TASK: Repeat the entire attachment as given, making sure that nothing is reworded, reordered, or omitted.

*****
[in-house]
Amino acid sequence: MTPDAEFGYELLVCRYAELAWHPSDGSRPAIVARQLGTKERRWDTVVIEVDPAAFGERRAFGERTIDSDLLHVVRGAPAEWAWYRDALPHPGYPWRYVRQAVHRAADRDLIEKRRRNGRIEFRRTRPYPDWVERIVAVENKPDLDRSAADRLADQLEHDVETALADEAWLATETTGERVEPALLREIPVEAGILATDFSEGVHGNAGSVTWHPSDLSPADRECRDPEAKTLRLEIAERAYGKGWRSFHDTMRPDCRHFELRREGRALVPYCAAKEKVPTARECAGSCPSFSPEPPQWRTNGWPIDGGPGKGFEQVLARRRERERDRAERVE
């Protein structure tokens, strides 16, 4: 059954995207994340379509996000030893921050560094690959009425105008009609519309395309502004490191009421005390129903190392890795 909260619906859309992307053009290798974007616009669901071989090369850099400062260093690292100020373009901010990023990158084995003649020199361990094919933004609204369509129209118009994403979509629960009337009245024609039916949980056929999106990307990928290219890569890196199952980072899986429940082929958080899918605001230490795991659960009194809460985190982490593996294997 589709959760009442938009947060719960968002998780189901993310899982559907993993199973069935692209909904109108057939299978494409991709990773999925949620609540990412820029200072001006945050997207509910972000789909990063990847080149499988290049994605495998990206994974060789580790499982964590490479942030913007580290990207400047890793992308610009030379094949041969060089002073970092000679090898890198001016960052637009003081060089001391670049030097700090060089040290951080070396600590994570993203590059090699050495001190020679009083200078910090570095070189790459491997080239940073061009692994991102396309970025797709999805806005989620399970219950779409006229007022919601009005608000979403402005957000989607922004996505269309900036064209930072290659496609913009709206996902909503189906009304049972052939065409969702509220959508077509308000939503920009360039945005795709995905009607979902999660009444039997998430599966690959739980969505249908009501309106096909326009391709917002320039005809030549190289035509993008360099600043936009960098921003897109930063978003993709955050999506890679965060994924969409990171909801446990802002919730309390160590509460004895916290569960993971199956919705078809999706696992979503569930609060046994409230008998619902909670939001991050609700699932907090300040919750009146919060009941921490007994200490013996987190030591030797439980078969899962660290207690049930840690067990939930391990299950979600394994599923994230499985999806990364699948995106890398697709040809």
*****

[in-house]
Amino acid sequence: MTPDAEFGYELLVCRYAELAWHPSDGSRPAIVARQLGTKERRWDTVVIEVDPAAFGERRAFGERTIDSDLLHVVRGAPAEWAWYRDALPHPGYPWRYVRQAVHRAADRDLIEKRRRNGRIEFRRTRPYPDWVERIVAVENKPDLDRSAADRLADQLEHDVETALADEAWLATETTGERVEPALLREIPVEAGILATDFSEGVHGNAGSVTWHPSDLSPADRECRDPEAKTLRLEIAERAYGKGWRSFHDTMRPDCRHFELRREGRALVPYCAAKEKVPTARECAGSCPSFSPEPPQWRTNGWPIDGGPGKGFEQVLARRRERERDRAERVE
């Protein structure tokens, strides 16, 4: 059954995207994340379509996000030893921050560094690959009425105008009609519309395309502004490191009421005390129903190392890795 909260619906859309992307053009290798974007616009669901071989090369850099400062260093690292100020373009901010990023990158084995003649020199361990094919933004609204369509129209118009994403979509629960009337009245024609039916949980056929999106990307990928290219890569890196199952980072899986429940082929958080899918605001230490795991659960009194809460985190982490593996294997 589709959760009442938009947060719960968002998780189901993310899982559907993993199973069935692209909904109108057939299978494409991709990773999925949620609540990412820029200072001006945050997207509910972000789909990063990847080149499988290049994605495998990206994974060789580790499982964590490479942030913007580290990207400047890793992308610009030379094949041969060089002073970092000679090898890198001016960052637009003081060089001391670049030097700090060089040290951080070396600590994570993203590059090699050495001190020679009083200078910090570095070189790459491997080239940073061009692994991102396309970025797709999805806005989620399970219950779409006229007022919601009005608000979403402005957000989607922004996505269309900036064209930072290659496609913009709206996902909503189906009304049972052939065409969702509220959508077509308000939503920009360039945005795709995905009607979902999660009444039997998430599966690959739980969505249908009501309106096909326009391709917002320039005809030549190289035509993008360099600043936009960098921003897109930063978003993709955050999506890679965060994924969409990171909801446990802002919730309390160590509460004895916290569960993971199956919705078809999706696992979503569930609060046994409230008998619902909670939001991050609700699932907090300040919750009146919060009941921490007994200490013996987190030591030797439980078969899962660290207690049930840690067990939930391990299950979600394994599923994230499985999806990364699948995106890398697709040809």